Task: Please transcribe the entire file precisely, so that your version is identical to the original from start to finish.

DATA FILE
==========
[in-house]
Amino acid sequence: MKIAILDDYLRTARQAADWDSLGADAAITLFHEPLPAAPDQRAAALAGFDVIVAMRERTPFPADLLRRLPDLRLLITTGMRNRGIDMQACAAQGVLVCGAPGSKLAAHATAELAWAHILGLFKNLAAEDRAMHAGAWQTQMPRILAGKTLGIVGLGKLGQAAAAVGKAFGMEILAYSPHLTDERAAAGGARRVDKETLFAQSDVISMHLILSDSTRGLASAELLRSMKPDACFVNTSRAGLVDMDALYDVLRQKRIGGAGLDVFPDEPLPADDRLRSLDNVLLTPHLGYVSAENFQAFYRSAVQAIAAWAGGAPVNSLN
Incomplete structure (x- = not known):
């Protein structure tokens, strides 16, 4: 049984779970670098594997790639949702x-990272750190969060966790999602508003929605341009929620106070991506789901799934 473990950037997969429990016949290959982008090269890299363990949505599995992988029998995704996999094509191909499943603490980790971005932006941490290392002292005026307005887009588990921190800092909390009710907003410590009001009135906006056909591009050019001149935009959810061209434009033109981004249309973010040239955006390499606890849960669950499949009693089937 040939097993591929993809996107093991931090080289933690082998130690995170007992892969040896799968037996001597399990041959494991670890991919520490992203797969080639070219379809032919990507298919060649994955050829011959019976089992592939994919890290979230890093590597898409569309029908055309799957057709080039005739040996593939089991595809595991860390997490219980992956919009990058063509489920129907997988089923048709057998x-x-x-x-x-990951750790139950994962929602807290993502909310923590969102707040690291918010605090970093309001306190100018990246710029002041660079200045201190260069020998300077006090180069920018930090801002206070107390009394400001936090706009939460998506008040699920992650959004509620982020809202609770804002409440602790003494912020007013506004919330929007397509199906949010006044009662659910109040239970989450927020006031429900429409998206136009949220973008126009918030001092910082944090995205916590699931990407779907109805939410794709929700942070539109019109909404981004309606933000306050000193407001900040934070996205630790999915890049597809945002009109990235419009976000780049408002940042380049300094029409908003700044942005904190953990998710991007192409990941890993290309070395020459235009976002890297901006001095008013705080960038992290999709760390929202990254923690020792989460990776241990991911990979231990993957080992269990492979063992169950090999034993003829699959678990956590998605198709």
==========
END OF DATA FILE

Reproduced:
[in-house]
Amino acid sequence: MKIAILDDYLRTARQAADWDSLGADAAITLFHEPLPAAPDQRAAALAGFDVIVAMRERTPFPADLLRRLPDLRLLITTGMRNRGIDMQACAAQGVLVCGAPGSKLAAHATAELAWAHILGLFKNLAAEDRAMHAGAWQTQMPRILAGKTLGIVGLGKLGQAAAAVGKAFGMEILAYSPHLTDERAAAGGARRVDKETLFAQSDVISMHLILSDSTRGLASAELLRSMKPDACFVNTSRAGLVDMDALYDVLRQKRIGGAGLDVFPDEPLPADDRLRSLDNVLLTPHLGYVSAENFQAFYRSAVQAIAAWAGGAPVNSLN
Incomplete structure (x- = not known):
């Protein structure tokens, strides 16, 4: 049984779970670098594997790639949702x-990272750190969060966790999602508003929605341009929620106070991506789901799934 473990950037997969429990016949290959982008090269890299363990949505599995992988029998995704996999094509191909499943603490980790971005932006941490290392002292005026307005887009588990921190800092909390009710907003410590009001009135906006056909591009050019001149935009959810061209434009033109981004249309973010040239955006390499606890849960669950499949009693089937 040939097993591929993809996107093991931090080289933690082998130690995170007992892969040896799968037996001597399990041959494991670890991919520490992203797969080639070219379809032919990507298919060649994955050829011959019976089992592939994919890290979230890093590597898409569309029908055309799957057709080039005739040996593939089991595809595991860390997490219980992956919009990058063509489920129907997988089923048709057998x-x-x-x-x-990951750790139950994962929602807290993502909310923590969102707040690291918010605090970093309001306190100018990246710029002041660079200045201190260069020998300077006090180069920018930090801002206070107390009394400001936090706009939460998506008040699920992650959004509620982020809202609770804002409440602790003494912020007013506004919330929007397509199906949010006044009662659910109040239970989450927020006031429900429409998206136009949220973008126009918030001092910082944090995205916590699931990407779907109805939410794709929700942070539109019109909404981004309606933000306050000193407001900040934070996205630790999915890049597809945002009109990235419009976000780049408002940042380049300094029409908003700044942005904190953990998710991007192409990941890993290309070395020459235009976002890297901006001095008013705080960038992290999709760390929202990254923690020792989460990776241990991911990979231990993957080992269990492979063992169950090999034993003829699959678990956590998605198709």